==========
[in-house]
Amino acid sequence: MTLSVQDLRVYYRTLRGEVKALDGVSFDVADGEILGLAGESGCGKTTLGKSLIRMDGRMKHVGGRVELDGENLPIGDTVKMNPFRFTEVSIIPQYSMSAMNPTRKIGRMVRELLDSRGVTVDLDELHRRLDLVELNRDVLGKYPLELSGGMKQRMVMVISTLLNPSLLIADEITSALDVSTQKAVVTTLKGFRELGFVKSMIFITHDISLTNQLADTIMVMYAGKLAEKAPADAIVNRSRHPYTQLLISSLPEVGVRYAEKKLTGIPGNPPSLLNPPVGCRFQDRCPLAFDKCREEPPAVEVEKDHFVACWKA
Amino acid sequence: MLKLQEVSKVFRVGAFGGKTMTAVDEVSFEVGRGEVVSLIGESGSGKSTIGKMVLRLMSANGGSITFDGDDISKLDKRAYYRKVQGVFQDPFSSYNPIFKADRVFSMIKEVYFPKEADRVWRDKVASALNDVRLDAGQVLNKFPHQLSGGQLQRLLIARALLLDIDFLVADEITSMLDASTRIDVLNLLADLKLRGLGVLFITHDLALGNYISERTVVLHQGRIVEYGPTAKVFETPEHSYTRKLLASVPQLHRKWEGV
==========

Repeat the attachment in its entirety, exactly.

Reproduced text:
[in-house]
Amino acid sequence: MTLSVQDLRVYYRTLRGEVKALDGVSFDVADGEILGLAGESGCGKTTLGKSLIRMDGRMKHVGGRVELDGENLPIGDTVKMNPFRFTEVSIIPQYSMSAMNPTRKIGRMVRELLDSRGVTVDLDELHRRLDLVELNRDVLGKYPLELSGGMKQRMVMVISTLLNPSLLIADEITSALDVSTQKAVVTTLKGFRELGFVKSMIFITHDISLTNQLADTIMVMYAGKLAEKAPADAIVNRSRHPYTQLLISSLPEVGVRYAEKKLTGIPGNPPSLLNPPVGCRFQDRCPLAFDKCREEPPAVEVEKDHFVACWKA
Amino acid sequence: MLKLQEVSKVFRVGAFGGKTMTAVDEVSFEVGRGEVVSLIGESGSGKSTIGKMVLRLMSANGGSITFDGDDISKLDKRAYYRKVQGVFQDPFSSYNPIFKADRVFSMIKEVYFPKEADRVWRDKVASALNDVRLDAGQVLNKFPHQLSGGQLQRLLIARALLLDIDFLVADEITSMLDASTRIDVLNLLADLKLRGLGVLFITHDLALGNYISERTVVLHQGRIVEYGPTAKVFETPEHSYTRKLLASVPQLHRKWEGV